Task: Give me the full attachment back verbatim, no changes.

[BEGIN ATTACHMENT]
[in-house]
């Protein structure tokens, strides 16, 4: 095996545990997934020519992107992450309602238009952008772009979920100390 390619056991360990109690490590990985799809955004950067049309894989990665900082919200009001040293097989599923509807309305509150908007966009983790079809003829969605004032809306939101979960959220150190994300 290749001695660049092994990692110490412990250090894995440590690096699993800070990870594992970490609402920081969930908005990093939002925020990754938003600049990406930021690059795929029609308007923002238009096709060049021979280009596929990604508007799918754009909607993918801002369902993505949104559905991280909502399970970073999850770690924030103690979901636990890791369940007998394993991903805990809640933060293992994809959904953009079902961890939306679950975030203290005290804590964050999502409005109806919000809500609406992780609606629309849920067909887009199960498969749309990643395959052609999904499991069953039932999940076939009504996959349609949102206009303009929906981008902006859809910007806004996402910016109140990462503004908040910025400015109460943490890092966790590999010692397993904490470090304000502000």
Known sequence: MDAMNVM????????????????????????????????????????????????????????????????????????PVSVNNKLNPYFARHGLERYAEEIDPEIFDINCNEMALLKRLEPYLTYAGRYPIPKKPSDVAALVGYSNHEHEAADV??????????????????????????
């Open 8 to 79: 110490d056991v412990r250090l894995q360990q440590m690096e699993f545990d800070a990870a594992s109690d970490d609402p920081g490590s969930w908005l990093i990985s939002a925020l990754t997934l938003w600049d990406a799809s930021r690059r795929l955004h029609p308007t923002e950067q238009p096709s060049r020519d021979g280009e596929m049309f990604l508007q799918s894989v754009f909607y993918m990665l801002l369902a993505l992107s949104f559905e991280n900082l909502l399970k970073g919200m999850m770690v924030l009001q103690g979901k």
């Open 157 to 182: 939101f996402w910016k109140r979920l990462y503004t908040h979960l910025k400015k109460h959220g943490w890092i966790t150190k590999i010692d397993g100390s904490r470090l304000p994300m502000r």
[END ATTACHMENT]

[in-house]
């Protein structure tokens, strides 16, 4: 095996545990997934020519992107992450309602238009952008772009979920100390 390619056991360990109690490590990985799809955004950067049309894989990665900082919200009001040293097989599923509807309305509150908007966009983790079809003829969605004032809306939101979960959220150190994300 290749001695660049092994990692110490412990250090894995440590690096699993800070990870594992970490609402920081969930908005990093939002925020990754938003600049990406930021690059795929029609308007923002238009096709060049021979280009596929990604508007799918754009909607993918801002369902993505949104559905991280909502399970970073999850770690924030103690979901636990890791369940007998394993991903805990809640933060293992994809959904953009079902961890939306679950975030203290005290804590964050999502409005109806919000809500609406992780609606629309849920067909887009199960498969749309990643395959052609999904499991069953039932999940076939009504996959349609949102206009303009929906981008902006859809910007806004996402910016109140990462503004908040910025400015109460943490890092966790590999010692397993904490470090304000502000």
Known sequence: MDAMNVM????????????????????????????????????????????????????????????????????????PVSVNNKLNPYFARHGLERYAEEIDPEIFDINCNEMALLKRLEPYLTYAGRYPIPKKPSDVAALVGYSNHEHEAADV??????????????????????????
């Open 8 to 79: 110490d056991v412990r250090l894995q360990q440590m690096e699993f545990d800070a990870a594992s109690d970490d609402p920081g490590s969930w908005l990093i990985s939002a925020l990754t997934l938003w600049d990406a799809s930021r690059r795929l955004h029609p308007t923002e950067q238009p096709s060049r020519d021979g280009e596929m049309f990604l508007q799918s894989v754009f909607y993918m990665l801002l369902a993505l992107s949104f559905e991280n900082l909502l399970k970073g919200m999850m770690v924030l009001q103690g979901k």
């Open 157 to 182: 939101f996402w910016k109140r979920l990462y503004t908040h979960l910025k400015k109460h959220g943490w890092i966790t150190k590999i010692d397993g100390s904490r470090l304000p994300m502000r």